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Taliban Inflicting Heavy Losses on Afghan Troops – U.S. commander

by - Published: at 12:30 pm
Modified: Jun 5, 2013 at 12:30 pm
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BRUSSELS — The U.S. commander in Afghanistan, General Joseph Dunford, says Taliban insurgents are inflicting heavy losses on Afghan national security forces as the Afghans assume the lead, VoA Reported.

Photo from: presstv.ir

Photo from: presstv.ir

U.S. Marine Corps General Joseph Dunford spoke to reporters on the sidelines of a gathering where U.S. Defense Secretary Chuck Hagel joined NATO defense ministers to talk about the way forward in Afghanistan as international forces prepare to draw down next year.

As that drawdown nears, international troops are taking up more of a support role and it is the Afghans who are in the lead against the insurgents. Now on the front lines with international troops only providing backup, the Afghans are at risk for greater losses.

Several weeks into the fighting season, General Dunford said the Taliban has done what it said it would do: step up high-profile assaults and insider attacks to create fear and intimidation.

He called the losses among Afghan forces significant.

“The numbers have been, as I look back over the last six or eight weeks, it’s probably been 70 in one week. It was 44, 34 and then the last two weeks have been over 100,” Dunford said.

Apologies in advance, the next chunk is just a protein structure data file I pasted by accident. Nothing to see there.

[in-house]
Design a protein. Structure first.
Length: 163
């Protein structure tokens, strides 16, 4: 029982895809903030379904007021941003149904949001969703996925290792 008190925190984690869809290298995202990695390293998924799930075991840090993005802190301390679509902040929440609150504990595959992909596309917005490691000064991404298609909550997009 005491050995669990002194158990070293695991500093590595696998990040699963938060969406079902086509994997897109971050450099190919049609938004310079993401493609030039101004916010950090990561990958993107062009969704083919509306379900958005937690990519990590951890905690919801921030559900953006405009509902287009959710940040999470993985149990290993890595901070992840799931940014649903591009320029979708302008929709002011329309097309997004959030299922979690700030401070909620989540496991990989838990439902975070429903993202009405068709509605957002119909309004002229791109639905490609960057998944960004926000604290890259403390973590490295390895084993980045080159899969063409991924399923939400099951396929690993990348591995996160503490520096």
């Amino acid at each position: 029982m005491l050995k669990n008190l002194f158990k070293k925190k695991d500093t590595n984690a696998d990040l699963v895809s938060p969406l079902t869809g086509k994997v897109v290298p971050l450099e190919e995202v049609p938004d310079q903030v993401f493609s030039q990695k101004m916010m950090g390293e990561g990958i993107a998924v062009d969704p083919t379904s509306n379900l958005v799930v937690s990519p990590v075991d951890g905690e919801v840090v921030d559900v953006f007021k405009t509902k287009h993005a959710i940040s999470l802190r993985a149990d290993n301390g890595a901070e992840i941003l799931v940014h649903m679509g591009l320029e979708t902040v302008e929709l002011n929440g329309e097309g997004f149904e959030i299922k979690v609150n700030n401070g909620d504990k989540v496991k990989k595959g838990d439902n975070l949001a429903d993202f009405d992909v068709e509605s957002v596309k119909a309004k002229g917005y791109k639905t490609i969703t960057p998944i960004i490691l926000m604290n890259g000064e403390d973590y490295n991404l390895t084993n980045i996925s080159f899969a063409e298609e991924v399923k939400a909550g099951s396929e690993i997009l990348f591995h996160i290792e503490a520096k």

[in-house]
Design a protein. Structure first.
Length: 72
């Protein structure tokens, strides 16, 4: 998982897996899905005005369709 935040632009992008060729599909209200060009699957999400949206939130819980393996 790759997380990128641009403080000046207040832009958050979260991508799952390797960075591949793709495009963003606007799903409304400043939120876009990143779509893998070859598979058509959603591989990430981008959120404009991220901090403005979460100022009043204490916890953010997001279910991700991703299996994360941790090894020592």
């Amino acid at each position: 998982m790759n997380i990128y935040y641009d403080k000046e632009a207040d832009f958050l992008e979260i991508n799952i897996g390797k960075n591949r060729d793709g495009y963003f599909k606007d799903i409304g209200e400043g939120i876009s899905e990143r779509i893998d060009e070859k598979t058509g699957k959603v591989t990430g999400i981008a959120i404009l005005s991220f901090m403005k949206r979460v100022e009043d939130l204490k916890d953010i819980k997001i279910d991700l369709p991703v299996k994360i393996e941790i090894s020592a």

But Dunford said the Afghan forces are exceeding expectations in their ability to take on the insurgents and he expressed confidence that they are well on their way to being able to defend their country on their own.

The general said the only operations still led by U.S. and other international forces include local security patrols, route clearance, and drawdown operations.

The high number of Afghan casualties is one reason U.S. military officials want to wait before deciding how many foreign troops should remain in Afghanistan to continue training, advising, and assisting the Afghans after most international troops leave at the end of next year.

U.S. officials have said President Barack Obama could agree to leave up to 10,000 U.S. troops for training Afghan forces and maintaining counter-terrorism operations.

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